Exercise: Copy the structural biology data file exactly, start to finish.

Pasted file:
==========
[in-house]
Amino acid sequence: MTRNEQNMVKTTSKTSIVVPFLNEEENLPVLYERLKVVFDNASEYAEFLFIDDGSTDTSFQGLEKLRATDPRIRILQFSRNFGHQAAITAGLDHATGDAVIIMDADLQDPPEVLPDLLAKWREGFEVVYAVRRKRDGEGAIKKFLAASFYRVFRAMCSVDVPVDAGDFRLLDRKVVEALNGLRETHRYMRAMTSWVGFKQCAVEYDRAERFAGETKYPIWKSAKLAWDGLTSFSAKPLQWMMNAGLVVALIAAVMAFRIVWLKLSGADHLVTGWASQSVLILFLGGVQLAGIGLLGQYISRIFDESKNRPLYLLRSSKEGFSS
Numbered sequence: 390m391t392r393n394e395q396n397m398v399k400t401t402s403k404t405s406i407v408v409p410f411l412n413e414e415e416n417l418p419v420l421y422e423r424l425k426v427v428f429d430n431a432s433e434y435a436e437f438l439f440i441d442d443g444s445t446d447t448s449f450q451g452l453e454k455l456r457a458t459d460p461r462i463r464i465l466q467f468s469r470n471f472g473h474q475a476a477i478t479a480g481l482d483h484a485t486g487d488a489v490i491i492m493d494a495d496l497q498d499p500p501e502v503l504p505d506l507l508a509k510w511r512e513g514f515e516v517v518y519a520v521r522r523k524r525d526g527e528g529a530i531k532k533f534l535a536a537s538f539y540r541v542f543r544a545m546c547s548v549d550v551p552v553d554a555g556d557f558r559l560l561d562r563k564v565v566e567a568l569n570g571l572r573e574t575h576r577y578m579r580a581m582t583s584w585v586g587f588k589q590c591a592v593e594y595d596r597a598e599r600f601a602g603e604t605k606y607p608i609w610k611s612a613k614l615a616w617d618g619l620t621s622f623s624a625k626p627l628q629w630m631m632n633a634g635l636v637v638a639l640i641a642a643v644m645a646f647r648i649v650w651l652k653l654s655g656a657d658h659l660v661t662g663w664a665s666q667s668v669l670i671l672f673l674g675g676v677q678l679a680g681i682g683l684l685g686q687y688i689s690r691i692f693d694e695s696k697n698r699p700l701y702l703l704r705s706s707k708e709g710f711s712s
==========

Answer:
[in-house]
Amino acid sequence: MTRNEQNMVKTTSKTSIVVPFLNEEENLPVLYERLKVVFDNASEYAEFLFIDDGSTDTSFQGLEKLRATDPRIRILQFSRNFGHQAAITAGLDHATGDAVIIMDADLQDPPEVLPDLLAKWREGFEVVYAVRRKRDGEGAIKKFLAASFYRVFRAMCSVDVPVDAGDFRLLDRKVVEALNGLRETHRYMRAMTSWVGFKQCAVEYDRAERFAGETKYPIWKSAKLAWDGLTSFSAKPLQWMMNAGLVVALIAAVMAFRIVWLKLSGADHLVTGWASQSVLILFLGGVQLAGIGLLGQYISRIFDESKNRPLYLLRSSKEGFSS
Numbered sequence: 390m391t392r393n394e395q396n397m398v399k400t401t402s403k404t405s406i407v408v409p410f411l412n413e414e415e416n417l418p419v420l421y422e423r424l425k426v427v428f429d430n431a432s433e434y435a436e437f438l439f440i441d442d443g444s445t446d447t448s449f450q451g452l453e454k455l456r457a458t459d460p461r462i463r464i465l466q467f468s469r470n471f472g473h474q475a476a477i478t479a480g481l482d483h484a485t486g487d488a489v490i491i492m493d494a495d496l497q498d499p500p501e502v503l504p505d506l507l508a509k510w511r512e513g514f515e516v517v518y519a520v521r522r523k524r525d526g527e528g529a530i531k532k533f534l535a536a537s538f539y540r541v542f543r544a545m546c547s548v549d550v551p552v553d554a555g556d557f558r559l560l561d562r563k564v565v566e567a568l569n570g571l572r573e574t575h576r577y578m579r580a581m582t583s584w585v586g587f588k589q590c591a592v593e594y595d596r597a598e599r600f601a602g603e604t605k606y607p608i609w610k611s612a613k614l615a616w617d618g619l620t621s622f623s624a625k626p627l628q629w630m631m632n633a634g635l636v637v638a639l640i641a642a643v644m645a646f647r648i649v650w651l652k653l654s655g656a657d658h659l660v661t662g663w664a665s666q667s668v669l670i671l672f673l674g675g676v677q678l679a680g681i682g683l684l685g686q687y688i689s690r691i692f693d694e695s696k697n698r699p700l701y702l703l704r705s706s707k708e709g710f711s712s